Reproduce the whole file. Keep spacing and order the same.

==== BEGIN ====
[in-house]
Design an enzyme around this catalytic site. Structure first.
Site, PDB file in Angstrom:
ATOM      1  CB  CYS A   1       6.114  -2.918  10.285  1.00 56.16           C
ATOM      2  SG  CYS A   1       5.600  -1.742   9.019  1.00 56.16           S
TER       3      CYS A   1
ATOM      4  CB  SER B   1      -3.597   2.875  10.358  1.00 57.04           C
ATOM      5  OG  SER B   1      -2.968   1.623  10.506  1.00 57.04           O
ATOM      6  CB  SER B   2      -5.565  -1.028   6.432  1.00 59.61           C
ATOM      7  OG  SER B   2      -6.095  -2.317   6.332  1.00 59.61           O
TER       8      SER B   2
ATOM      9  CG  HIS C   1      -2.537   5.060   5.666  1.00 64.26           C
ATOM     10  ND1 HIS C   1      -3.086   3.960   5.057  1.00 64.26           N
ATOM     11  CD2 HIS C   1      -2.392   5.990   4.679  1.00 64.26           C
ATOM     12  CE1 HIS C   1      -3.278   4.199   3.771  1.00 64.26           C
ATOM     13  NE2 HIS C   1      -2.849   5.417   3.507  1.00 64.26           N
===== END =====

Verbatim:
[in-house]
Design an enzyme around this catalytic site. Structure first.
Site, PDB file in Angstrom:
ATOM      1  CB  CYS A   1       6.114  -2.918  10.285  1.00 56.16           C
ATOM      2  SG  CYS A   1       5.600  -1.742   9.019  1.00 56.16           S
TER       3      CYS A   1
ATOM      4  CB  SER B   1      -3.597   2.875  10.358  1.00 57.04           C
ATOM      5  OG  SER B   1      -2.968   1.623  10.506  1.00 57.04           O
ATOM      6  CB  SER B   2      -5.565  -1.028   6.432  1.00 59.61           C
ATOM      7  OG  SER B   2      -6.095  -2.317   6.332  1.00 59.61           O
TER       8      SER B   2
ATOM      9  CG  HIS C   1      -2.537   5.060   5.666  1.00 64.26           C
ATOM     10  ND1 HIS C   1      -3.086   3.960   5.057  1.00 64.26           N
ATOM     11  CD2 HIS C   1      -2.392   5.990   4.679  1.00 64.26           C
ATOM     12  CE1 HIS C   1      -3.278   4.199   3.771  1.00 64.26           C
ATOM     13  NE2 HIS C   1      -2.849   5.417   3.507  1.00 64.26           N